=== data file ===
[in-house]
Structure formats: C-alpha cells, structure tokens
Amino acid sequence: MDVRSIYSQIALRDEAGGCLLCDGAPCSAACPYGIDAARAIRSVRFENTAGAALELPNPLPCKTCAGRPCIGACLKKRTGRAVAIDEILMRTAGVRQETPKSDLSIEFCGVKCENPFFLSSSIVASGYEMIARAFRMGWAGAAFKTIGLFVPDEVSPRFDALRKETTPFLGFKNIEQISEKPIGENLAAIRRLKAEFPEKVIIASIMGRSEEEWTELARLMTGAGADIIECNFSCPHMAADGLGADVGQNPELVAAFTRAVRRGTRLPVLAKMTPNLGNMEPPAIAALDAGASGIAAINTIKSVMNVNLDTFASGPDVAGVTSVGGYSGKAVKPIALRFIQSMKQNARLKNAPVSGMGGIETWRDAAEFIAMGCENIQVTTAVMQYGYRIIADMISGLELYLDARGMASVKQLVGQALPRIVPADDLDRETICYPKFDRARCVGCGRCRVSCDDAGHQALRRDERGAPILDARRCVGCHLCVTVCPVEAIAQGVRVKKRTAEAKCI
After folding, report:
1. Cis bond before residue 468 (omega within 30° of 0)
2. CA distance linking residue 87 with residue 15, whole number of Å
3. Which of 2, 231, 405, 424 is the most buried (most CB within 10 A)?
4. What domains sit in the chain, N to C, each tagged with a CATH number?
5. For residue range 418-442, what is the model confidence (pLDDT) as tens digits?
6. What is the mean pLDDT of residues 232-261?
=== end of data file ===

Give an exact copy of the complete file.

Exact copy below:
[in-house]
Structure formats: C-alpha cells, structure tokens
Amino acid sequence: MDVRSIYSQIALRDEAGGCLLCDGAPCSAACPYGIDAARAIRSVRFENTAGAALELPNPLPCKTCAGRPCIGACLKKRTGRAVAIDEILMRTAGVRQETPKSDLSIEFCGVKCENPFFLSSSIVASGYEMIARAFRMGWAGAAFKTIGLFVPDEVSPRFDALRKETTPFLGFKNIEQISEKPIGENLAAIRRLKAEFPEKVIIASIMGRSEEEWTELARLMTGAGADIIECNFSCPHMAADGLGADVGQNPELVAAFTRAVRRGTRLPVLAKMTPNLGNMEPPAIAALDAGASGIAAINTIKSVMNVNLDTFASGPDVAGVTSVGGYSGKAVKPIALRFIQSMKQNARLKNAPVSGMGGIETWRDAAEFIAMGCENIQVTTAVMQYGYRIIADMISGLELYLDARGMASVKQLVGQALPRIVPADDLDRETICYPKFDRARCVGCGRCRVSCDDAGHQALRRDERGAPILDARRCVGCHLCVTVCPVEAIAQGVRVKKRTAEAKCI
After folding, report:
1. Cis bond before residue 468 (omega within 30° of 0)
2. CA distance linking residue 87 with residue 15, whole number of Å
3. Which of 2, 231, 405, 424 is the most buried (most CB within 10 A)?
4. What domains sit in the chain, N to C, each tagged with a CATH number?
5. For residue range 418-442, what is the model confidence (pLDDT) as tens digits?
6. What is the mean pLDDT of residues 232-261?